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Jem has seen the numbers as long as she can remember. All she has to do is look at a person --- a friend, acquaintance, or complete stranger --- and she sees a series of seemingly random numbers. But it wasn’t until her mother died from a drug overdose that Jem began to understand the chilling significance of the numbers she sees. For her mother’s number --- which Jem knows as well as she knows her mother’s face --- matches the date of her mother’s death.

Once Jem understands that the numbers she sees stand for the last day of a person’s life, she’s terrified to get close to anyone. Why would she when she already knows such intimate information, a piece of someone’s life story that they themselves don’t know --- or, in most cases, don’t want to know? So Jem sleepwalks through her life, through days at school and nights at her foster mother’s house, alone and haunted by the numbers.

That is, until a charismatic troublemaker nicknamed Spider crawls his way into Jem’s life in spite of herself. Spider is always running to stay one step ahead of the cops, school officials, and seriously no-good friends. But he also seems to genuinely care about her. Spider’s grandmother also draws Jem in; the deeply intuitive woman suspects her secret and encourages her to talk about it.

Jem, however, is terrified to share her secret; that is, until a horrific event prompts her to tell Spider the truth. The pair is visiting the London Eye when Jem notices that everyone she sees on the plaza by the giant ferris wheels has the same number --- today’s date. Fearing for her own and Spider’s safety, Jem grabs her friend and runs away, moments before a terrorist bomb explodes, killing dozens of people just as she foresaw.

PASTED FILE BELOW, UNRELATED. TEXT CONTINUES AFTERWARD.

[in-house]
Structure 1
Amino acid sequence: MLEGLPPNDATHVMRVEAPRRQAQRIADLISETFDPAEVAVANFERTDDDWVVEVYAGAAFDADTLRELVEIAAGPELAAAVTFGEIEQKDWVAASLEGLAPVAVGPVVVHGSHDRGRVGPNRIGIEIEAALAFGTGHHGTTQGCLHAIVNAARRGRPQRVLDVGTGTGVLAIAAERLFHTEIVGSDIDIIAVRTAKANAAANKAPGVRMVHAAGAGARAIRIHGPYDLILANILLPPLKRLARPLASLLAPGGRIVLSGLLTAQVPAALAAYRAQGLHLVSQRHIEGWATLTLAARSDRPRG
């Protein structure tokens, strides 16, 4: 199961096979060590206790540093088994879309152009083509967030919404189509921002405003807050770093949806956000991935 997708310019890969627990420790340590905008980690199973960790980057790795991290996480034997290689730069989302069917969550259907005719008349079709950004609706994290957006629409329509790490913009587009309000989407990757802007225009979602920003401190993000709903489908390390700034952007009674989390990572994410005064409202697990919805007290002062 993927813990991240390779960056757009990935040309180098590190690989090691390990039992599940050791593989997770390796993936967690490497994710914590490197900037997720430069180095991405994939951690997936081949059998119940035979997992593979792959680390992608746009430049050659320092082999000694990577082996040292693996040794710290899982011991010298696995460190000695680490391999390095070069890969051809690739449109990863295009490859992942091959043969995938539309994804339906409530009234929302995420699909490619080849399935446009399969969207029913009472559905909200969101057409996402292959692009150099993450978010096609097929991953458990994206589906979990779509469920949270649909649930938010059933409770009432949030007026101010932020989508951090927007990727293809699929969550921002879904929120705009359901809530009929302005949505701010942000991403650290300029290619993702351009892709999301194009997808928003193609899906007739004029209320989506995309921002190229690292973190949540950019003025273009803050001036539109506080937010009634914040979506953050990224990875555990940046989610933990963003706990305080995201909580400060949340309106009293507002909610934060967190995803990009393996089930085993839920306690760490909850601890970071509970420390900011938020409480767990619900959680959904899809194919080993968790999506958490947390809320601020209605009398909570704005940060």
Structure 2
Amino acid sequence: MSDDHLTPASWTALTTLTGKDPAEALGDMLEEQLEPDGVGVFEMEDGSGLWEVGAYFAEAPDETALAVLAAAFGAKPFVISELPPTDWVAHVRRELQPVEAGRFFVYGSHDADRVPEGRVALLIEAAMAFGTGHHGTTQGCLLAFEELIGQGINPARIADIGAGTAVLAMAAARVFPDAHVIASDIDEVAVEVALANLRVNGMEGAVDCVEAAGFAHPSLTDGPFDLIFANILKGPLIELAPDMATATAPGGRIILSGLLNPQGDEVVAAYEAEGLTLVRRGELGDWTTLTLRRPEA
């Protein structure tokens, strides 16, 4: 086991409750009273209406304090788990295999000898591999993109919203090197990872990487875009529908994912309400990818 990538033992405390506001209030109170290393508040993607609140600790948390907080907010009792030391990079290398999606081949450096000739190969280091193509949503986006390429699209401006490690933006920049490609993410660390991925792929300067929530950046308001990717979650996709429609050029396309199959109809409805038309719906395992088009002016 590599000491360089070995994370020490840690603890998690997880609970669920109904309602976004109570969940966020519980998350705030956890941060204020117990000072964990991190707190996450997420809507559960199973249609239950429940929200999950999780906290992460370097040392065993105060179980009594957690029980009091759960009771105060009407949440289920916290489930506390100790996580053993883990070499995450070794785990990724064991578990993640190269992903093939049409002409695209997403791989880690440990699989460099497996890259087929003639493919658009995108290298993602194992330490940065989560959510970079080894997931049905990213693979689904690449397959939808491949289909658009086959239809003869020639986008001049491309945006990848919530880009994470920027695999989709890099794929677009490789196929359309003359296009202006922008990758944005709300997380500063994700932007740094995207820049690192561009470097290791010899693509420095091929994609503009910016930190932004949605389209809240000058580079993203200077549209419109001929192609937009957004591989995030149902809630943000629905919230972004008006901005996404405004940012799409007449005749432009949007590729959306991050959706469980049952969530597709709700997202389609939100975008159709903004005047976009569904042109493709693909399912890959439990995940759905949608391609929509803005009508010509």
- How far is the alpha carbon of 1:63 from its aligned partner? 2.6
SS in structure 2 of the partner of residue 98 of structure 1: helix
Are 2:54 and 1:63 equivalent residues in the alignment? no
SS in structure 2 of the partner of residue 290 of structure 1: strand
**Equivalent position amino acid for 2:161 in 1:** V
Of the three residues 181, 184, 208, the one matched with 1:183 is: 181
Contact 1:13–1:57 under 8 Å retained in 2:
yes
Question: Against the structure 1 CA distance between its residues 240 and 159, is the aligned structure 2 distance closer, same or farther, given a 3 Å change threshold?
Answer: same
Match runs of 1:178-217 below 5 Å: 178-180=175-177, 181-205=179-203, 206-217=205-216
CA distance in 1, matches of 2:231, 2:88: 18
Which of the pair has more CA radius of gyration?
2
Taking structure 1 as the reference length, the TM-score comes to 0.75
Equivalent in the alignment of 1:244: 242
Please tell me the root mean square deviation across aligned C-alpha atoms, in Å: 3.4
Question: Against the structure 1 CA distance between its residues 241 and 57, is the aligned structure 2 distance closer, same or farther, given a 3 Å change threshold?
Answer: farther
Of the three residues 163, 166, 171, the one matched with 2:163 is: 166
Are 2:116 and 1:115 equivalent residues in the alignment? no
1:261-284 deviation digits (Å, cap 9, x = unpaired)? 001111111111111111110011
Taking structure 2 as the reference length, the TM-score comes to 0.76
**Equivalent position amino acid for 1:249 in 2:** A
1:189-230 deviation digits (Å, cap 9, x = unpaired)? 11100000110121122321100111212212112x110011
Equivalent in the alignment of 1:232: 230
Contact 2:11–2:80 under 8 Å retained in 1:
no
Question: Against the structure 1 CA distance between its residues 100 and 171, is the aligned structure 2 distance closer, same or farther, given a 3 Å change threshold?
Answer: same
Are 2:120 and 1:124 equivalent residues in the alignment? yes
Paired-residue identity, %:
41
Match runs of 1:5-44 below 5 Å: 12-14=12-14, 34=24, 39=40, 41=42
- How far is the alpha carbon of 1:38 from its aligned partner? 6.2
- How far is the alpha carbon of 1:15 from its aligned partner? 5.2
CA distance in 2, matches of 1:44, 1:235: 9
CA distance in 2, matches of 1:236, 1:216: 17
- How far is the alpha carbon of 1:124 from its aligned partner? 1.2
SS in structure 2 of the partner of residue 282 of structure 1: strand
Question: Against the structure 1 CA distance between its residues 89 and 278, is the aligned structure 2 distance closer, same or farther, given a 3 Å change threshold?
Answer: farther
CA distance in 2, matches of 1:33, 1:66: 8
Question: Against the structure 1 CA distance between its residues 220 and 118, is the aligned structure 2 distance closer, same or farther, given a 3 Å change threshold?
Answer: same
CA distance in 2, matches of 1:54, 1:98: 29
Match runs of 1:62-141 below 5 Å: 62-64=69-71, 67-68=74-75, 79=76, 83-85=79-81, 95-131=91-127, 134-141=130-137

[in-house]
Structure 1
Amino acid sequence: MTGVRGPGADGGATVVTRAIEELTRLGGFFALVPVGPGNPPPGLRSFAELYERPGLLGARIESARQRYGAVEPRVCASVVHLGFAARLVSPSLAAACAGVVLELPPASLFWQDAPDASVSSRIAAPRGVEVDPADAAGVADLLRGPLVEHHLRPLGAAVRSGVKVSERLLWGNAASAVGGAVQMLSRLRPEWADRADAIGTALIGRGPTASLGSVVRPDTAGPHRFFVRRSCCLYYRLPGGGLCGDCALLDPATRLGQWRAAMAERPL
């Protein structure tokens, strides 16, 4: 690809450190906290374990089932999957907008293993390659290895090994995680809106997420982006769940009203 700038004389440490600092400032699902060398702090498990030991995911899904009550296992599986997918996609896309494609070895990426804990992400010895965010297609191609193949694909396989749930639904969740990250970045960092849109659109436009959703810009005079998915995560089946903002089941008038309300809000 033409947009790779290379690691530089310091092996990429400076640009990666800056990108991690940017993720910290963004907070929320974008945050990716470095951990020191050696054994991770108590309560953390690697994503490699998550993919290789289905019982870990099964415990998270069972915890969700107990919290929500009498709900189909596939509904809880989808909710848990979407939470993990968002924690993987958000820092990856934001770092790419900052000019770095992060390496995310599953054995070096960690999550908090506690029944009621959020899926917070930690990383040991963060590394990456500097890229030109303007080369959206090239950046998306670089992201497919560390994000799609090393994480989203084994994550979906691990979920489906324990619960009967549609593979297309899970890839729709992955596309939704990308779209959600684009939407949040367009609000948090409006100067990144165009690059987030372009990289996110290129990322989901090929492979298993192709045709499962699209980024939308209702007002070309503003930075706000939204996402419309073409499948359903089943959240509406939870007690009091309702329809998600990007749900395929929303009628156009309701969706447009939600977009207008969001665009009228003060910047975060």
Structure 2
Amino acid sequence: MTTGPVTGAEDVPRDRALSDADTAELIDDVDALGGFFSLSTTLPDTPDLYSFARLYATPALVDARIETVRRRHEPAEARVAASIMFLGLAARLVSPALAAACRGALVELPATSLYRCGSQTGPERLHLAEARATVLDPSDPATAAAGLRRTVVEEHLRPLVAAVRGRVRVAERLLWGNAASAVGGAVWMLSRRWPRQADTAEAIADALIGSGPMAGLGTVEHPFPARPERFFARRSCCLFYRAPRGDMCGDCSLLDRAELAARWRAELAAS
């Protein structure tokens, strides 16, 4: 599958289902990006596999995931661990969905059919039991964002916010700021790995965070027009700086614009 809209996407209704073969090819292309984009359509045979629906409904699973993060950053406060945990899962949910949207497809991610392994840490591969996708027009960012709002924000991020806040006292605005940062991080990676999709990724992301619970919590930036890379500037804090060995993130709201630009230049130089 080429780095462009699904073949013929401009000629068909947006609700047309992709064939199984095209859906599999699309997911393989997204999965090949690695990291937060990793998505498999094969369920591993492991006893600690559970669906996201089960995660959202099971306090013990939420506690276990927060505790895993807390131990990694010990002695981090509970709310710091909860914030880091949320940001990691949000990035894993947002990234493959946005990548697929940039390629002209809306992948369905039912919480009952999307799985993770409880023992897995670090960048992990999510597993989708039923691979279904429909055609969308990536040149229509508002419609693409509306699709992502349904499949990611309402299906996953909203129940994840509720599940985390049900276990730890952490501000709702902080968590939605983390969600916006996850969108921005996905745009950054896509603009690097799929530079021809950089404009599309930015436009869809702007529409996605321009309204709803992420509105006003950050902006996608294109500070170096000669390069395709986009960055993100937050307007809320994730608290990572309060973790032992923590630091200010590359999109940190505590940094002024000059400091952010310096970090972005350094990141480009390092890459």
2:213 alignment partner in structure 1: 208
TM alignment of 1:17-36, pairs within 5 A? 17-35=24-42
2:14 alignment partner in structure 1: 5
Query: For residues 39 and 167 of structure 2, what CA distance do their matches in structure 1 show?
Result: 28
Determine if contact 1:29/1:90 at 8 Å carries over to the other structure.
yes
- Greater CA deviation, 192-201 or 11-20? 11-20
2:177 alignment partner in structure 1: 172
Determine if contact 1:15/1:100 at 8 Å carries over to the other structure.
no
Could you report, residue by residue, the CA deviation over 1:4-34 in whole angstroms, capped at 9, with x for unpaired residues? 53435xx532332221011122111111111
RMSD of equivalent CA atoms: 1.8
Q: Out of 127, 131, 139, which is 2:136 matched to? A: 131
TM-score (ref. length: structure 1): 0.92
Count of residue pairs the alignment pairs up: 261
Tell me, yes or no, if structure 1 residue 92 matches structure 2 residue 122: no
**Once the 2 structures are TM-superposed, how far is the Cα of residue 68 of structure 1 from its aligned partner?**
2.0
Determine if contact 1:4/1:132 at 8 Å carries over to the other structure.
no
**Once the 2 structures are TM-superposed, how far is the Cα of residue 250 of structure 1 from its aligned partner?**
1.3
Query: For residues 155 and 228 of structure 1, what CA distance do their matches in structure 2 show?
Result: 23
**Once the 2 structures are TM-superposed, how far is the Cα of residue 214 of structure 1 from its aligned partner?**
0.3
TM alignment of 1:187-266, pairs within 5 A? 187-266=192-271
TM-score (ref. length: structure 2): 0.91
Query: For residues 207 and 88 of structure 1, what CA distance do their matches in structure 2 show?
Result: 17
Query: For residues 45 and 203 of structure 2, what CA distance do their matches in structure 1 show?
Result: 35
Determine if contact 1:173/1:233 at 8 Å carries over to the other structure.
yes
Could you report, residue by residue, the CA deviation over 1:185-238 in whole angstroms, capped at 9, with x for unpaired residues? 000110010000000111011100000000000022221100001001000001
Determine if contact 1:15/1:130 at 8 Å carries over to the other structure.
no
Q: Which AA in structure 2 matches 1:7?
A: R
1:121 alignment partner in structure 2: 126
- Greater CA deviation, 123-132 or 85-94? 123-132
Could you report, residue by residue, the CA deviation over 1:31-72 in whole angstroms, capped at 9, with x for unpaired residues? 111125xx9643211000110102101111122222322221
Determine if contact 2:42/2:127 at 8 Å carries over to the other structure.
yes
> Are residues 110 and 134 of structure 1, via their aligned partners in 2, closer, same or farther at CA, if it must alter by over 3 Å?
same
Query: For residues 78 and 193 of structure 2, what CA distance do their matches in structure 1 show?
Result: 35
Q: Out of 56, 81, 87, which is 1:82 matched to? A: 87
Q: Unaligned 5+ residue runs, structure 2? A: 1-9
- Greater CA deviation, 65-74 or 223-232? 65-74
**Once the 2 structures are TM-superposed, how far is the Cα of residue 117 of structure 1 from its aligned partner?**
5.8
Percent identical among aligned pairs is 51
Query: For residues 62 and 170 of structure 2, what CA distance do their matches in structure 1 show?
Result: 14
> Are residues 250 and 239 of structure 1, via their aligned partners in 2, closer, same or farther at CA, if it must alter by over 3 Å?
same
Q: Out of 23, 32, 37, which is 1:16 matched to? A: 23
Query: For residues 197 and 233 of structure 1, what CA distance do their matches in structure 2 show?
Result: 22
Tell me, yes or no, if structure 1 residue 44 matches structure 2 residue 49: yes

Jem confesses her secret to a confused Spider, but the two soon realize that her mysterious gift (or curse) probably won’t make much difference to the police, who are on the hunt for two suspicious-looking teens seen running from the scene of the attack. Spider and Jem will have to use all their street smarts and intuition as they make a run for it. As Jem grows closer to Spider, she must balance her increasing affection with the knowledge of his own number, which indicates that his date of death is ominously soon.

Rachel Ward’s novel has an intriguing premise that will prompt self-reflection: If you could know the date of your death, would you want to have that knowledge? How would you live differently if you knew? And what if you had Jem’s talent? How would that change how you saw people? Would you, like Jem, feel guilt that “maybe meeting me had made it his last day.”

Beyond these sorts of provocative, speculative concerns, however, NUM8ERS also sheds light on parts of working-class British culture about which many American readers might be unaware. Jem, Spider and their multi-ethnic families occupy a largely invisible space on the margins of society, one that --- like Jem’s numbers --- might only become visible if readers look it directly in the eyes. Ward’s novel does exactly that, and after spending time with this memorable heroine, compelling premise and cliffhanger ending, readers will be more than eager for the sequel, THE CHAOS, scheduled to be published soon.

Reviewed by Norah Piehl on October 18, 2011

by Rachel Ward

  • Publication Date: February 1, 2010
  • Genres: Urban Fantasy
  • Hardcover: 336 pages
  • Publisher: The Chicken House
  • ISBN-10: 0545142997
  • ISBN-13: 9780545142991